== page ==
His position was a peculiarly onerous one, his duties were most difficult, and the noble example of disinterestedness and self-sacrifice set by him on more than one occasion when actual starvation stared the colonists—free as well as bond—in the face, has never been surpassed by any ruler in ancient or modern times. After the lapse of a hundred years one can hardly conceive the difficulties attendant upon official life in the days when Governor Phillip held absolute sway.
Rust Belt The deindustrialization of Detroit has been a major factor in the population decline of the city. InDetroit had a population ofpeople, making it the thirteenth largest city in the U. The industry drew a million new residents to the city.
The new workers came from diverse and soon far-flung sources. Nearby Canada was important early on and many other workers came from eastern and southern Europe, a large portion of them being ethnic Italians, Hungarians, and Poles.
An important attraction for these workers was that the new assembly line techniques required little prior training or education to get a job in the industry.
Immigration Act ofwith its limited annual quotas for new immigrants. In response, the industry - with Ford in the forefront - turned in a significant way to hiring African-Americans, who were leaving the South in huge numbers in response to the combination of a post-war agricultural slump and continuing Jim Crow practices.
A World War II boom in the manufacture of war materiel contributed to this growth surge.
A variety of factors associated with the auto industry fed this trend. There was the large influx of workers. They earned comparatively high wages in the auto industry. The plants they worked at, belonging to different major and minor manufacturers, were spread around the city.
The workers tended to live along extended bus and streetcar lines leading to their workplaces. The result of these influences, beginning already by the s, was that many workers bought or built their own single family or duplex homes.
They did not tend to live in large apartment houses, as in New York, or in closely spaced row houses as in Philadelphia.
They tended to have far less access to New Deal mortgage support programs such as Federal Housing Authority and Veterans Administration insured mortgages.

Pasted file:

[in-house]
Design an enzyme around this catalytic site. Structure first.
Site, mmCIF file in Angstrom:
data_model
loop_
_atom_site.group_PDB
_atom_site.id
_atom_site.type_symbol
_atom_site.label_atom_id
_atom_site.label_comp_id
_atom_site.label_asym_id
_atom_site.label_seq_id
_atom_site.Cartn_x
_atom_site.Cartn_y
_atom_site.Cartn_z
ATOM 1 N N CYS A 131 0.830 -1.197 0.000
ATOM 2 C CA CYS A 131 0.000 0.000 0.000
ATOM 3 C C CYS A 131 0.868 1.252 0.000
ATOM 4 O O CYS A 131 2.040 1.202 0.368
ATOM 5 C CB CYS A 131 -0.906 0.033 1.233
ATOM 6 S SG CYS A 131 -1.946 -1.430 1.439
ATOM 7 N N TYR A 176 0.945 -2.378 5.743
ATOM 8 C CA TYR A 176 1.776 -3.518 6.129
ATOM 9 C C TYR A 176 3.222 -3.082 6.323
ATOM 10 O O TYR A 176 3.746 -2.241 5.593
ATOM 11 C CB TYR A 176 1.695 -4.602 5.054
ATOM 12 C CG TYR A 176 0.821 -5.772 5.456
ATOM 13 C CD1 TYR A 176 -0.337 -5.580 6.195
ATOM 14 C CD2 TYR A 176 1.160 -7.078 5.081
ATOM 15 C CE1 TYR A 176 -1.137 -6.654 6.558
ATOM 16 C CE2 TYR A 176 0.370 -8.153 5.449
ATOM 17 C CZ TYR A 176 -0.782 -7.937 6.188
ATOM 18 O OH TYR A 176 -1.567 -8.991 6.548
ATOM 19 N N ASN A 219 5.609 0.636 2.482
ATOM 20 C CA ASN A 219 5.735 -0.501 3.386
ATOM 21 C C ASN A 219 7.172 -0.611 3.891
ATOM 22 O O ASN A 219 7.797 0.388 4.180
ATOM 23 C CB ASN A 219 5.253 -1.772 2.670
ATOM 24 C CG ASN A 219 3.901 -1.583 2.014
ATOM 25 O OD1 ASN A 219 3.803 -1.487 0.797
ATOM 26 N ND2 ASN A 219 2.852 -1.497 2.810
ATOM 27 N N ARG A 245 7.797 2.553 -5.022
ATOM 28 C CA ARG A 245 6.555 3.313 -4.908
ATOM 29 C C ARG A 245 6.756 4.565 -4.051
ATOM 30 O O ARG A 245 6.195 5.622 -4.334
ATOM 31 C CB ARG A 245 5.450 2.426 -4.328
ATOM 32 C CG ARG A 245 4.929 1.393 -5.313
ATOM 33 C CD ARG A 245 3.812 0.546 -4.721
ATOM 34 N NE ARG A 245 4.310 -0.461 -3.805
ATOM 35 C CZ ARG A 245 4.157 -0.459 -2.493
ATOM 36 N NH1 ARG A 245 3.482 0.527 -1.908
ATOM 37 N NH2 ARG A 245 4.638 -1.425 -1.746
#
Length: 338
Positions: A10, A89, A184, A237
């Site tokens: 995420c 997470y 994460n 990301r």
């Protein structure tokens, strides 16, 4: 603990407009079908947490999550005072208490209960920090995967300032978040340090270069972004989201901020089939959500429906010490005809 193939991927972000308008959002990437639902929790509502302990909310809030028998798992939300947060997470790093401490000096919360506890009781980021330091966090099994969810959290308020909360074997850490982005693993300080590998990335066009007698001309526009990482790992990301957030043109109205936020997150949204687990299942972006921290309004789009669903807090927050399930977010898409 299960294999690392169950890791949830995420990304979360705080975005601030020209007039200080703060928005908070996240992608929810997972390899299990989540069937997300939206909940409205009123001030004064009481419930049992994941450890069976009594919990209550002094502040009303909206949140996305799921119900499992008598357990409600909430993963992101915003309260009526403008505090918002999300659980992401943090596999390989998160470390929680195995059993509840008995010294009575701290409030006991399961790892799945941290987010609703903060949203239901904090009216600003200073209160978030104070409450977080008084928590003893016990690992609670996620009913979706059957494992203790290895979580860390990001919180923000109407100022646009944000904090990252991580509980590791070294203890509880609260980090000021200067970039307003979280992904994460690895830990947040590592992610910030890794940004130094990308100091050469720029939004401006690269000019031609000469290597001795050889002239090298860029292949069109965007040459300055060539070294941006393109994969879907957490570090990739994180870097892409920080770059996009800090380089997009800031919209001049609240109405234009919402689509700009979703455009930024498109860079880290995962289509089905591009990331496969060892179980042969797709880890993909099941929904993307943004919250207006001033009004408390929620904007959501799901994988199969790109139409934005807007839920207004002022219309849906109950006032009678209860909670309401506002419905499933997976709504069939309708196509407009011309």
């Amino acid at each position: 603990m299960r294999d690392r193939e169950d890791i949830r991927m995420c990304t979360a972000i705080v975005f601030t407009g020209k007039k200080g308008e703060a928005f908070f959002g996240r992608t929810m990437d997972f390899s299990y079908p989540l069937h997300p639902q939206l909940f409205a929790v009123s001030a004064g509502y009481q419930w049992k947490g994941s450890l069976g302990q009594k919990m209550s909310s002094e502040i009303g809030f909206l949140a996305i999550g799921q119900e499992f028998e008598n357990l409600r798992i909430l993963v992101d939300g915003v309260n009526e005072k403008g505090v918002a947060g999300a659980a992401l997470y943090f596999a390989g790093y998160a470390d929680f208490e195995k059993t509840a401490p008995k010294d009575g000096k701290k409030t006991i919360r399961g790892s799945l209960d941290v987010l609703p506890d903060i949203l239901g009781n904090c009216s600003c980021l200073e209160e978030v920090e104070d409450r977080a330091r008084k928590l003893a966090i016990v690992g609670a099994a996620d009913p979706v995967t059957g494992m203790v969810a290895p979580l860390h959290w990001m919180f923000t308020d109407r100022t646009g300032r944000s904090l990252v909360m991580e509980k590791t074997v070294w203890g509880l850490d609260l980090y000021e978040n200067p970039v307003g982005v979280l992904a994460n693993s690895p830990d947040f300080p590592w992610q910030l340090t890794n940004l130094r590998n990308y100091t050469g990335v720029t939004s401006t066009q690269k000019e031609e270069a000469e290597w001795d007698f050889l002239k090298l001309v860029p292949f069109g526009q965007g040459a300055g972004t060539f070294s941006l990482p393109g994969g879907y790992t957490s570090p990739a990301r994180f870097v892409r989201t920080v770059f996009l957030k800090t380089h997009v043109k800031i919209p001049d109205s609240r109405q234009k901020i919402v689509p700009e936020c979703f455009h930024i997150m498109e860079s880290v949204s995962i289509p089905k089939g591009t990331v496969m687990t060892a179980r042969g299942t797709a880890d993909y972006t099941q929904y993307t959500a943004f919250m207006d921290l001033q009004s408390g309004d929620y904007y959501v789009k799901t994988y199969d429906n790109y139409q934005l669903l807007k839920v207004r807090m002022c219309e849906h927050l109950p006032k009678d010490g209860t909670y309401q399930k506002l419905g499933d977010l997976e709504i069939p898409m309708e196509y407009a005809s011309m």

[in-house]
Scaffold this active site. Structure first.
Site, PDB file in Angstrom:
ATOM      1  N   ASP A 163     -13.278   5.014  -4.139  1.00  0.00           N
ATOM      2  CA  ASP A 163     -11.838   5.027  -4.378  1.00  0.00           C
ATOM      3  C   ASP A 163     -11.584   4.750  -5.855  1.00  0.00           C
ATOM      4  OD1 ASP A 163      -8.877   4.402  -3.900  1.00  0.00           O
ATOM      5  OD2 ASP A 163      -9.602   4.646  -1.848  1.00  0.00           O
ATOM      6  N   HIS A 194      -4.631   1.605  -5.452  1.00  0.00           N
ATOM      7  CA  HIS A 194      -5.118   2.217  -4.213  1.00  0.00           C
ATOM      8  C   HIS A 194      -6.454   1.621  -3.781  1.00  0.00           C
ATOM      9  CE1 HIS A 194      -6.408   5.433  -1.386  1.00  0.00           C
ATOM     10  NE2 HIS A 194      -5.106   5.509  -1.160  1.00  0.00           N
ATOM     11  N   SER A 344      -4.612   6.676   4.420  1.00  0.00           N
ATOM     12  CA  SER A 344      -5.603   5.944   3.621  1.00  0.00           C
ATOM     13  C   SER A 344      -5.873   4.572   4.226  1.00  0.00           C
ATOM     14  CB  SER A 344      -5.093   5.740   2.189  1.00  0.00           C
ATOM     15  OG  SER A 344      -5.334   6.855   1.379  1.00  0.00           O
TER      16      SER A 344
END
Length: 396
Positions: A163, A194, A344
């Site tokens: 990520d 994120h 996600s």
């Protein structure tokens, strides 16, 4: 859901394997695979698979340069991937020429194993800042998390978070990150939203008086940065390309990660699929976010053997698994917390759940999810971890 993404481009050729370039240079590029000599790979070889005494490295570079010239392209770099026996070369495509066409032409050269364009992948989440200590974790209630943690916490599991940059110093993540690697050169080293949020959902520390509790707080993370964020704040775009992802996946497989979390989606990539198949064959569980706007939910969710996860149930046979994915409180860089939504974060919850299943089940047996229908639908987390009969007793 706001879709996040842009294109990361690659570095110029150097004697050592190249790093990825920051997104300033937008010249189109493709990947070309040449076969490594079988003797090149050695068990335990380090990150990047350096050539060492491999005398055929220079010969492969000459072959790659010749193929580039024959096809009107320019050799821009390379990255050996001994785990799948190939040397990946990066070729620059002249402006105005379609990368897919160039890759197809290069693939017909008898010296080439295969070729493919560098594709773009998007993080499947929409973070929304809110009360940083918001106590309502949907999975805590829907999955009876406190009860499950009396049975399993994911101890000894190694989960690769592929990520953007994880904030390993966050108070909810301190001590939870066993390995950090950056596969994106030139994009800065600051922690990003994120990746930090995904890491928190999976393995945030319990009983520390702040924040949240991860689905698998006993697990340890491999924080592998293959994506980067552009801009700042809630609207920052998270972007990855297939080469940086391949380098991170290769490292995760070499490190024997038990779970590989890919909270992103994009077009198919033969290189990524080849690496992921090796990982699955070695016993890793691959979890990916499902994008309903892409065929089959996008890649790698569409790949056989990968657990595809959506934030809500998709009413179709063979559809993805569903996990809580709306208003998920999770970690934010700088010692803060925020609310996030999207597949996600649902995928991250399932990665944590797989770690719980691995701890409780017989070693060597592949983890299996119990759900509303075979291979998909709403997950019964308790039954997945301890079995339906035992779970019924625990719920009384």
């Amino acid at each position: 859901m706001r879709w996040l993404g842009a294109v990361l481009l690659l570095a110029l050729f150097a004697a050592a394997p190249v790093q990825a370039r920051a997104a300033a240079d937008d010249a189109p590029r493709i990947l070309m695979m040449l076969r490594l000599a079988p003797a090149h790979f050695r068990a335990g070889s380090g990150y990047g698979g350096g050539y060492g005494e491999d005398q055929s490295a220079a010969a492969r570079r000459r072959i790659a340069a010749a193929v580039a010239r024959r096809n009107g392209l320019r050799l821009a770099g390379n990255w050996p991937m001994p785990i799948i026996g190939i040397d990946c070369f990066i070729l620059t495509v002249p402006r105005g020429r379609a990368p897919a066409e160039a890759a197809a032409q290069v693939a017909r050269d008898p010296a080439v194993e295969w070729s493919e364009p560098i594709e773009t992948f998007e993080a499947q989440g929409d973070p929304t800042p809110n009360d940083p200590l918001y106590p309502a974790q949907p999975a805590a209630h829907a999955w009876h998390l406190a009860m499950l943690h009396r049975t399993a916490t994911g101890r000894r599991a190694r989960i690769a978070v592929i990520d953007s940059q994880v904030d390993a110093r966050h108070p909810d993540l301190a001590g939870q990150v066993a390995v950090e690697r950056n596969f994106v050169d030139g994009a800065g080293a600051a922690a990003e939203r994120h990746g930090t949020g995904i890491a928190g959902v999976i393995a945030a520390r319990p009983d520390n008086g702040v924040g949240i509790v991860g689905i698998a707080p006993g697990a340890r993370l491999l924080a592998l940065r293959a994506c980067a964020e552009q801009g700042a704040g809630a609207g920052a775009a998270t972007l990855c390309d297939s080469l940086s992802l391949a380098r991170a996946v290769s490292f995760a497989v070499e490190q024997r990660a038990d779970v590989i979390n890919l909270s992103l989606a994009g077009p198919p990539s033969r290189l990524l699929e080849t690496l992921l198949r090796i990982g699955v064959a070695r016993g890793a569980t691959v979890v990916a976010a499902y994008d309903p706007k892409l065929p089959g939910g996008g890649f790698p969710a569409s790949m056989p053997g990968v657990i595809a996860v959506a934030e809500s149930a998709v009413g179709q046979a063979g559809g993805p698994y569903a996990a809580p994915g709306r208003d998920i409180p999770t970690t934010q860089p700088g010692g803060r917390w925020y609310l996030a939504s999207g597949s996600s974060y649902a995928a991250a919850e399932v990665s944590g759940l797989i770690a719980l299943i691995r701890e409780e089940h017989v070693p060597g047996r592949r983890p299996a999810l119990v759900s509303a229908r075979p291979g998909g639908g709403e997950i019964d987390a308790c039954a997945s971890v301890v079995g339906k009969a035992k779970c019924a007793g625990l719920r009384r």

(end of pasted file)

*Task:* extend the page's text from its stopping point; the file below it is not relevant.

African-American neighborhoods were viewed by lenders and the federal programs as riskier, resulting - in this period - in much lower rates of homeownership for African-Americans than other residents of the city.
This upper stratum moved to outlying neighborhoods, and further, to well-to-do suburbs such as Bloomfield Hills and Grosse Pointe. Oakland County, north of the city, became a popular place to live for executives in the industry. Public policy was automobile oriented.
Funds were directed to the building of expressways for automobile traffic, to the detriment of public transit and the inner city neighborhoods through which they were cut to get to the auto factories and the downtown office buildings.
On the other hand, there were very few African-Americans in the suburbs. Real estate agents would not sell to them, and if African-Americans did try to move into suburbs there was "intense hostility and often violence" in reaction. This change was facilitated by the great concentration of automobile production into the hands of the "Big Three" of General MotorsFordand Chrysler.
The Big Three were able to put nearly every smaller competitor auto-maker out of business. While this corporate concentration was taking place, the Big Three were shifting their production out of central Detroit. Between and the Big Three built 25 new manufacturing plants in the metropolitan area, not one of them in the city itself.
Ford Motor was one of the first to undertake major decentralization, in reaction to labor developments.
This led Ford to be concerned about the vulnerability of its huge, flagship Rouge River plant to labor unrest. Ford therefore decentralized operations from this plant, to soften union power and to introduce new technologies in new plants, and expand to new markets.
Ford often built up parallel production facilities, making the same products, so that the effect of a strike at any one facility would be lessened.Dear Twitpic Community - thank you for all the wonderful photos you have taken over the years. We have now placed Twitpic in an archived state.
The city skyline was shaped by architects like Justus F. Krumbein and David L.
Williams, only to drastically change in the face of urban renewal and the desire for modernization. In Lost, Portland Oregon (History Press), historian Val C. Ballestrem explores the city's architectural heritage from the s to .
According to Marxists, a marginal surplus population is produced because capitalism necessarily produces A. unemployed workers, B.
disaffected intellecturals, C. a lower management class conflicted in its loyalties, D. a rate of population growth slightly larger than the rate of economic growth, E. a growing wealthy leisure class. English language: English language, a West Germanic language of the Indo-European language family that is closely related to Frisian, German, and Dutch languages.
It originated in England and is the dominant language of the U.S., the U.K., Canada, Australia, Ireland, and New Zealand. It has become the world’s lingua franca. His book, Ugandan Music in the Marketing Era: The Branded Arena is a ethnographic study of the commercialization of folk music and dance heritage in Uganda.
He is currently working on a book on a Ugandan guitar genre known as kadongo kamu. English victory cleared the natives of southern New England and" allowed the uninterrupted growth of England's northern colonies right up to the American Revolution," and became as well "the brutal model for how the United States would deal with its native population." The extraordinarily rapid rise of America to financial and industrial.